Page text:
Months before Vladimir Putin announced his “partial mobilisation” of Russian reservists to boost troop numbers in Ukraine, the Russian leader had already authorised a secret call-up of extra troops, according to Ukrainian intelligence sources.
Ukraine’s Defence Intelligence agency has revealed the contents of a report from one of its operatives, Vadym Skibitskyi. In it he claims that Russia “began a covert mobilisation” after the Russian army began to suffer a series of battlefield defeats.
While the official mobilisation was not announced until September this year, Putin had signed off on a new wave of reinforcements back in May, according to Skibitskyi.
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“Back in May, the first evidence appeared that the Russian federation was unable to cope with the tasks it had set before itself,” Skibitskyi said.
“The quick capture of Kyiv and the full occupation of Ukraine failed. During that period, the first so-called volunteers began to appear.
“The ‘combat army reserve of the country’ was involved,” he added, “Russian private military companies began to actively recruit people, and so-called patriotic battalions appeared, which were to be recruited by all federal entities of the Russian Federation”.
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The official mobilisation is proving very unpopular in Russia, with many eligible men leaving the country rather than waiting to be called up.
According to data from the Ministry of Defence, Russia is suffering from a severe shortage of officers to lead the new recruits and training is poor or non-existent.
Moscow officials said in September it planned to call up some 300,000 people with combat experience, however, reports in Russian media put the true number of conscripts as high as 1.2 million.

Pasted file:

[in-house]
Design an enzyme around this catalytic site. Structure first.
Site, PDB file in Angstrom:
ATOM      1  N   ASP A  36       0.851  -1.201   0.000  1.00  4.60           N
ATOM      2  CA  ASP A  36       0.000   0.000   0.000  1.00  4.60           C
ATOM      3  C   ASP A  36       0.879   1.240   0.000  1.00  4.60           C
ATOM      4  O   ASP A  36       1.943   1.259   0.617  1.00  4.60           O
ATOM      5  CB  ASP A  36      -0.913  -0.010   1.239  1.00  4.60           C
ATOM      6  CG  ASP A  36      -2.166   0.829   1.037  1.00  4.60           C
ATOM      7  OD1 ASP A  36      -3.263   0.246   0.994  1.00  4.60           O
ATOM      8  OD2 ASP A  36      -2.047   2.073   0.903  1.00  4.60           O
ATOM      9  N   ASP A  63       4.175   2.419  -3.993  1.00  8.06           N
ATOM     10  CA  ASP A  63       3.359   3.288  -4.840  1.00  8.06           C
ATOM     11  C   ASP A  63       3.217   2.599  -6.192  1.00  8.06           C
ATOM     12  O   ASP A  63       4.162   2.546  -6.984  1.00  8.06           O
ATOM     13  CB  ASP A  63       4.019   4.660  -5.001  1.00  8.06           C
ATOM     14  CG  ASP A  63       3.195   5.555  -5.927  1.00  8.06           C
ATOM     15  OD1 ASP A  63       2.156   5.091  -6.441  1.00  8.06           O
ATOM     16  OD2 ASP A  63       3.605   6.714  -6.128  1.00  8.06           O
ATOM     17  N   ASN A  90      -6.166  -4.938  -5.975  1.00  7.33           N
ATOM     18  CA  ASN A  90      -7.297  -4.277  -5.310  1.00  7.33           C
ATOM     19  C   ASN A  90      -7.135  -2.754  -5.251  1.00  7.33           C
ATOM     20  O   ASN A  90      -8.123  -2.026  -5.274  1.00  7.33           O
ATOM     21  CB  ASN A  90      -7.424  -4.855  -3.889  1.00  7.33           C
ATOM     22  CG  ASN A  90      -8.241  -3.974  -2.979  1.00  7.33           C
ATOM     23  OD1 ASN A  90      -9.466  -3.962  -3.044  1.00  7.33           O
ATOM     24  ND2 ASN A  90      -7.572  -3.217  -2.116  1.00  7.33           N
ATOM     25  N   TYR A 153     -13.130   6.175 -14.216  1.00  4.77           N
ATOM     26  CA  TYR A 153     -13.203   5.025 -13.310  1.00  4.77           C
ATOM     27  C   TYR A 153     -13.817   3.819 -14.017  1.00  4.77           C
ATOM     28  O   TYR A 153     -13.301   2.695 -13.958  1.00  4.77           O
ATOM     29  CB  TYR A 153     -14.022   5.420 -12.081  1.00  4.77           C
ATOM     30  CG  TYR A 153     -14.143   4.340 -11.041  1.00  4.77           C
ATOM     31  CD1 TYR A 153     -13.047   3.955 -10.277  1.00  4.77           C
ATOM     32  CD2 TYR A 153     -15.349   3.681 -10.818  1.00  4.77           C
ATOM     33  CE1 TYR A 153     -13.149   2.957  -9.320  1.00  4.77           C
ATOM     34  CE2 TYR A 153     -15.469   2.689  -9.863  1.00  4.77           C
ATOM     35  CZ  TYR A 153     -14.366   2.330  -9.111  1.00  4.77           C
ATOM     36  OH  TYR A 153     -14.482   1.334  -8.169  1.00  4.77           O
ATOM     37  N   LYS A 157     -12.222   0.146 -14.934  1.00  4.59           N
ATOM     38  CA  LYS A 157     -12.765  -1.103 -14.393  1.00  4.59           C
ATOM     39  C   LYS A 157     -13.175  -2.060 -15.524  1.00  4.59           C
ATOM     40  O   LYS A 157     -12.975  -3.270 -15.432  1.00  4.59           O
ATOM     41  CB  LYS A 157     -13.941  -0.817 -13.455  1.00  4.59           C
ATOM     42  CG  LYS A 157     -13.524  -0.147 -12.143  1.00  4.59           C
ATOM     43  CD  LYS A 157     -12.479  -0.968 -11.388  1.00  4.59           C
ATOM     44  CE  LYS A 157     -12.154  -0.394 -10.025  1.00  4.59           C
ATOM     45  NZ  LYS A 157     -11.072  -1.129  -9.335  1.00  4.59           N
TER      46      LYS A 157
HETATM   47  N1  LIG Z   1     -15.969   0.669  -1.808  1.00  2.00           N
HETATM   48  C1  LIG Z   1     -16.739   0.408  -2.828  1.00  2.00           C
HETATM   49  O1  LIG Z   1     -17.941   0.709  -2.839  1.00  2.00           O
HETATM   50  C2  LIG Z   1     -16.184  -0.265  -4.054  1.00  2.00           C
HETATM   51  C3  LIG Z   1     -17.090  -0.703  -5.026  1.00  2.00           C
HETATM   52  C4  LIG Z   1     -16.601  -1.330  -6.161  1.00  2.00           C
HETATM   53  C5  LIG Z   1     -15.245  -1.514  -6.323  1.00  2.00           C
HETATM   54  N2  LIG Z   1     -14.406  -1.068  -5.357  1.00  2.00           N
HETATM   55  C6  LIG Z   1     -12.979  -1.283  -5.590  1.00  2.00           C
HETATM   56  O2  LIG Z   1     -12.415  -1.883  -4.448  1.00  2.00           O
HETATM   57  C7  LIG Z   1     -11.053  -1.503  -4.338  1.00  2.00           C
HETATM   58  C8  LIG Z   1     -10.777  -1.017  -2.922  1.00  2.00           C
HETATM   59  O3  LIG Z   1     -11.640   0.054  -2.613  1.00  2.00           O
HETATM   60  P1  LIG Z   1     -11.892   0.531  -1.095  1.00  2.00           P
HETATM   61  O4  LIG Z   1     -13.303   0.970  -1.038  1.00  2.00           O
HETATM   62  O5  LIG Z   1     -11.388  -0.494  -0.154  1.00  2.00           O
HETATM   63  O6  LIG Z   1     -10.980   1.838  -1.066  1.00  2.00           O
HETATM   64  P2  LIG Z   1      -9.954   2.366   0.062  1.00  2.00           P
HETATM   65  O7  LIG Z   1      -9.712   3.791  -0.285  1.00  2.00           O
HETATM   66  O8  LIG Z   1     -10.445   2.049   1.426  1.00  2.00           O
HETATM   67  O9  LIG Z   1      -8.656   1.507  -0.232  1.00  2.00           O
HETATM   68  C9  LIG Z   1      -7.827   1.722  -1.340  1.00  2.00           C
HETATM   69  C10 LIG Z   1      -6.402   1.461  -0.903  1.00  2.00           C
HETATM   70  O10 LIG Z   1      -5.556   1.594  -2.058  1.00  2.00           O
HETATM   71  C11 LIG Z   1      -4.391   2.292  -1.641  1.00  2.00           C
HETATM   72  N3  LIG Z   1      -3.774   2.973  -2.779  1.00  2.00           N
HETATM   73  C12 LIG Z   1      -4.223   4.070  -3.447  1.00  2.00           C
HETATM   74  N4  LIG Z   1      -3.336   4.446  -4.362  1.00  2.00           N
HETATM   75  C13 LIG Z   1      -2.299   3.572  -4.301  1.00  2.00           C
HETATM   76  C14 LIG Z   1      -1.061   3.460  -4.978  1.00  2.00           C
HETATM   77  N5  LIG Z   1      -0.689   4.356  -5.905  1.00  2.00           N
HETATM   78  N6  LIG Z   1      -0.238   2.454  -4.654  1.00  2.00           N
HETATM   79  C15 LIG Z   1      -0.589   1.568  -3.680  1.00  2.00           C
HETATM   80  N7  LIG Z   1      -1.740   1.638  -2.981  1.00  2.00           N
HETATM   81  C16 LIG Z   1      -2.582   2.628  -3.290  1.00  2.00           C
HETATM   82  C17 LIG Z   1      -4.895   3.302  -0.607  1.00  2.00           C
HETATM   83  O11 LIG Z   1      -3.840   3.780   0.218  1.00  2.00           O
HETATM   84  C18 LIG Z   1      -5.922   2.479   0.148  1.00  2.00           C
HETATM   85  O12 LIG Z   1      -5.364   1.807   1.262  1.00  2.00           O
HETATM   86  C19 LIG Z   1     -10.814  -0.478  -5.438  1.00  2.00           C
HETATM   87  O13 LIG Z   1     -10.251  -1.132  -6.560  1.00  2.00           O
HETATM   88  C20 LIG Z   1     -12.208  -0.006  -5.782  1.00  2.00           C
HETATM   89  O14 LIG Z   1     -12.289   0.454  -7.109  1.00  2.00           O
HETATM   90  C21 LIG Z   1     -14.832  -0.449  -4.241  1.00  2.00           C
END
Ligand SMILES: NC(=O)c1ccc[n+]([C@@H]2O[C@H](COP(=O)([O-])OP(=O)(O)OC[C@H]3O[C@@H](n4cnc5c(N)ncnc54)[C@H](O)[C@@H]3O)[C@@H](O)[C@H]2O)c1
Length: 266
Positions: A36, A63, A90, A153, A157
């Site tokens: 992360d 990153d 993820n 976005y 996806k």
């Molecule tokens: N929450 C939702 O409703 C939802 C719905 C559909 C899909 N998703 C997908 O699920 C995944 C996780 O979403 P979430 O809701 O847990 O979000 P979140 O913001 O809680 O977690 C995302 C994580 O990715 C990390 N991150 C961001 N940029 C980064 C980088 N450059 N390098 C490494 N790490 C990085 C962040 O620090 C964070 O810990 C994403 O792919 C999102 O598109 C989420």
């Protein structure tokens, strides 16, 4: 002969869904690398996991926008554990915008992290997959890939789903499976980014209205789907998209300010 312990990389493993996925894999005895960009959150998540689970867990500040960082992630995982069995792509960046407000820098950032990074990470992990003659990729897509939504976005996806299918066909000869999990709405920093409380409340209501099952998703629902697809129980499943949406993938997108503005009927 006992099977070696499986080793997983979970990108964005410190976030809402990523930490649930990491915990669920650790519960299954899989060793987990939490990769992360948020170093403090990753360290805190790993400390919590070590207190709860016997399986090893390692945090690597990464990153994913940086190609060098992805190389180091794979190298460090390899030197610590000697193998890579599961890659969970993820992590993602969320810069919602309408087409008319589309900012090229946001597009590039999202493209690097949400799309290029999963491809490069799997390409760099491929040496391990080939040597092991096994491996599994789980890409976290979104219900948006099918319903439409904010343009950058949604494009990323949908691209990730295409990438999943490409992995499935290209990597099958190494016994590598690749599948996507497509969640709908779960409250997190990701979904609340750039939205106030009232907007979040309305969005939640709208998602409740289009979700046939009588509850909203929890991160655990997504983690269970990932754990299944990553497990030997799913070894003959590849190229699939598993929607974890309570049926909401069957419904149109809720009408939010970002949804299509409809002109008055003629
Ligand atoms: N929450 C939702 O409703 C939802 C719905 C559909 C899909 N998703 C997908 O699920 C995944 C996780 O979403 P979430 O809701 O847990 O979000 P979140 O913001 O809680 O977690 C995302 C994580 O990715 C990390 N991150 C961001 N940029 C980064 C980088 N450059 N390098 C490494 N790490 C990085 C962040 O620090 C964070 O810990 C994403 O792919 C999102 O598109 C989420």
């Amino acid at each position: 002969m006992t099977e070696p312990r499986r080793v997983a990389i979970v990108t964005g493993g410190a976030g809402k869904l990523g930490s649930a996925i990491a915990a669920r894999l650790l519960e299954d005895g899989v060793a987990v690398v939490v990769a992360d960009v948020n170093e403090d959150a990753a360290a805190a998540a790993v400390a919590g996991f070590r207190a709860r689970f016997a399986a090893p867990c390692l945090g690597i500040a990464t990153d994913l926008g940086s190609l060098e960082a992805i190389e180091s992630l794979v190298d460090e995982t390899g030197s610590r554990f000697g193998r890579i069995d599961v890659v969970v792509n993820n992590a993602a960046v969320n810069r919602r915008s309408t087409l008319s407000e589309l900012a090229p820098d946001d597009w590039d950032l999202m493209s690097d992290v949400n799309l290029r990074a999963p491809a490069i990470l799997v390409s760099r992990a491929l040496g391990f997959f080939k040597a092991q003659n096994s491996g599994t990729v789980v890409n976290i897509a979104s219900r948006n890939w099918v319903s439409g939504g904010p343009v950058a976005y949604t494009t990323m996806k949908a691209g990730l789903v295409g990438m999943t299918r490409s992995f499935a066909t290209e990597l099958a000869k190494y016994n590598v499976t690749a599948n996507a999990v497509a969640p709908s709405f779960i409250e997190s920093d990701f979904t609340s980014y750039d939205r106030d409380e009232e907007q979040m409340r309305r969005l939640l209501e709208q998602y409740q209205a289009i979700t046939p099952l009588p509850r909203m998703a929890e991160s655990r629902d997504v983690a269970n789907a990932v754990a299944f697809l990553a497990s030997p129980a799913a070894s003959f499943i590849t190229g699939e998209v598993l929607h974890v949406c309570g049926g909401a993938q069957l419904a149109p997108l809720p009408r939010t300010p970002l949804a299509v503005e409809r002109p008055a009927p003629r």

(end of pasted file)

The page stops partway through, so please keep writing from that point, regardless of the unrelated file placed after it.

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The MoD’s analysis said: “On 29 September 2022, President Putin addressed his National Security Council on the ‘partial mobilisation’ he had announced on 21 September.
“He said, ‘a lot of questions are being raised during this mobilisation campaign, and we must promptly correct our mistakes and not repeat them.’
“Putin’s unusually rapid acknowledgement of problems highlights the dysfunction of the mobilisation over its first week. Local officials are likely unclear on the exact scope and legal rationale of the campaign.”
According to the MoD, the Russian authorities “have almost certainly drafted some personnel who are outside the definitions claimed by Putin and the Ministry of Defence”.
“As drafted reservists continue to assemble at tented transit camps, Russian officials are likely struggling to provide training and in finding officers to lead new units.”
Earlier this week, the military commissar of Russia's Khabarovsk region was sacked after half of the new recruits in his were sent home because they did not meet the draft criteria, according to a statement from the region's governor, Mikhail Degtyarev.
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